“In the final analysis, a riot is the language of the unheard.” – Martin Luther King Jr.
Over the past several decades, there has been a tremendous push toward inclusiveness and equality in the United States; in our schools, our workplaces, our places of worship and in our society, as a whole. In recent years, training in Cultural Competence and Implicit Bias have become requirements, as employers learn to accommodate the needs and belief systems of a workforce that is increasingly diverse in terms of race, ethnicity, religion, gender ideation, sexual orientation and physical and mental capabilities. While great strides have been made to establish and enforce laws against discrimination and to require facilities to make physical changes which afford all employees equal access and opportunity, where we continue to fall short is in our inability to change the way people think and feel about each other.
Without digressing into a conversation of politics or religion, I believe it is important for us to have an honest conversation about why we, as a nation, continue to struggle with inclusiveness and equality, more than 50 years after Dr. Martin Luther King, Jr. gave his “Other America” speech at Stanford University.
In his 1967 speech, Dr. King expressed his support for non-violent tactics in the “struggle for freedom and justice,” condemning the rioting and looting that was taking place as “socially destructive” acts. However, he went on to argue that the inequitable economic and social conditions that Black Americans experience must be condemned as equally as the rioting. It is here that he invokes the line: “A riot is the language of the unheard.” The truth of that statement resonates as strongly today as it did more than five decades ago and applies to an innate human flaw: most people view differences as negatives. Until we can overcome this flaw, which is the real barrier to having real equality, we will never achieve Dr. King’s dream.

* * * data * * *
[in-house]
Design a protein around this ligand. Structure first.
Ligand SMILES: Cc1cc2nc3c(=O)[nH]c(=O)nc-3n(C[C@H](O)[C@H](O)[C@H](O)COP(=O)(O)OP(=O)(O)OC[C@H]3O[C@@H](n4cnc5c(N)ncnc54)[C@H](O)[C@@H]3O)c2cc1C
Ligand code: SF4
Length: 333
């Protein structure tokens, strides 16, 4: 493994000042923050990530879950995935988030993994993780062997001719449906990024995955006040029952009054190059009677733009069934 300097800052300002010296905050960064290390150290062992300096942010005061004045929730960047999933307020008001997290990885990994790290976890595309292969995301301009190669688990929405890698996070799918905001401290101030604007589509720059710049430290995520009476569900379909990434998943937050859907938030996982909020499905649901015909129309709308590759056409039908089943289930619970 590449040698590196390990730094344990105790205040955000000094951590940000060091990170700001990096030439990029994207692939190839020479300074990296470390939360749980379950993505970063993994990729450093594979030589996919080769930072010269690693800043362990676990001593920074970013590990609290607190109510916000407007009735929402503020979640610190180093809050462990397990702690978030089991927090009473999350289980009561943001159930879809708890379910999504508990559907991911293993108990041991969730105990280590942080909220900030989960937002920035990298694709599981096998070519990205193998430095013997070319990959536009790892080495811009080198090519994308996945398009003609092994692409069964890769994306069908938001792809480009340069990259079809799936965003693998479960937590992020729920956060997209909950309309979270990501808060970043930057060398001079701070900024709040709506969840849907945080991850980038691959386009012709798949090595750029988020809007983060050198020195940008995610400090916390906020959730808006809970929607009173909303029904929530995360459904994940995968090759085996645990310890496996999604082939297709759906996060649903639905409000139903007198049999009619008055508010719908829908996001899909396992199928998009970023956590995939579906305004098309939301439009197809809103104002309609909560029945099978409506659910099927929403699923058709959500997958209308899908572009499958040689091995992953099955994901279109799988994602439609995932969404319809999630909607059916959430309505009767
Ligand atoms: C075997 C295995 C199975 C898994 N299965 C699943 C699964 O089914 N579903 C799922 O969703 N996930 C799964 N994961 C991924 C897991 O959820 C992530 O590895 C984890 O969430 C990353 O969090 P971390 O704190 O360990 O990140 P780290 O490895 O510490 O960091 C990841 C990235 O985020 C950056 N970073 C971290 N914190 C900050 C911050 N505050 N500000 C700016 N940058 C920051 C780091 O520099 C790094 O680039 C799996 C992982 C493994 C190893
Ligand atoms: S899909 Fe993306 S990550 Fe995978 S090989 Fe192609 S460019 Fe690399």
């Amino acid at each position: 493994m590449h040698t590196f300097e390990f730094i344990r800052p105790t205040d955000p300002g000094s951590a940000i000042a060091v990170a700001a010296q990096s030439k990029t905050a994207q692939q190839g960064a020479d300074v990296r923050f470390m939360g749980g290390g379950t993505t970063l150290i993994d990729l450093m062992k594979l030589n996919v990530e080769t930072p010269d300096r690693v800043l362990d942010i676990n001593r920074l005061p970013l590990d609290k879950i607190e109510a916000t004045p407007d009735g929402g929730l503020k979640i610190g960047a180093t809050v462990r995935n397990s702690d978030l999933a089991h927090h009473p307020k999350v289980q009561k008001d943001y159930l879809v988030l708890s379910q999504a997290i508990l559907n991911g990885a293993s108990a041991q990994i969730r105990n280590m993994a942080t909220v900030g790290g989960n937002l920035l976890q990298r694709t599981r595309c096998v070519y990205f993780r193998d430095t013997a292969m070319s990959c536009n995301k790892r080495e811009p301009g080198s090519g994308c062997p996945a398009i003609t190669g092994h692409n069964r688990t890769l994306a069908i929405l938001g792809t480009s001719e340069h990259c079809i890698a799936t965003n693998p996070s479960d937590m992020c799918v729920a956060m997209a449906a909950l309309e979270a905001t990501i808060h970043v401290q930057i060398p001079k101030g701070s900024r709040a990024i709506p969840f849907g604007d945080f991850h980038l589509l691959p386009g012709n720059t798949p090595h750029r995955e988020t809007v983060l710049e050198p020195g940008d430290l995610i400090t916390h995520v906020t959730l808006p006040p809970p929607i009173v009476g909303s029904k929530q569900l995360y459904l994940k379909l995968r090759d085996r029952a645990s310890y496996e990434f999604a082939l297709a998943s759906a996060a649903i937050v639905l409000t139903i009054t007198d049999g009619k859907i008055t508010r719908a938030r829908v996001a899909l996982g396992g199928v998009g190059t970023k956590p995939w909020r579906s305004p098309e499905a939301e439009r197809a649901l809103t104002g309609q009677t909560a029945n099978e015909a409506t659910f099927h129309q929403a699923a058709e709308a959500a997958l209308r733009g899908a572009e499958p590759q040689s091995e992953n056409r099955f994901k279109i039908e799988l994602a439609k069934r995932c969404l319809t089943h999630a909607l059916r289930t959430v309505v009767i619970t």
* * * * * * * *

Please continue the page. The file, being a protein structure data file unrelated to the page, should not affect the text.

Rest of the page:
The difference between “compassion” and “empathy” is that compassion is an emotional response that stems from sympathy and a desire to help others, while empathy is rooted in awareness of others’ thoughts and feelings and an attempt to understand and share in those thoughts and feelings. One has compassion for others and has empathy with others. A compassionate person sees someone in a wheelchair struggling to open a door and rushes to open the door for them. An empathetic person feels hurt and outraged that someone in a wheelchair has to struggle to accomplish what another person does not. Empathy pushes us to see the world through another’s eyes and, hopefully, to take action.
Trinity Youth Services has formed a Diversity, Inclusion, Value and Equity (DIVE) Team made up of voluntary representation at all levels and locations of the organization. The team was formed to provide a platform where voice and choice matter. The team will help guide the agency’s journey to break down barriers to equal access to opportunity and, where historically unheard and/or unseen individuals and groups need additional assistance to achieve equality, the team will create strategies for advancement.
Chief Executive Officer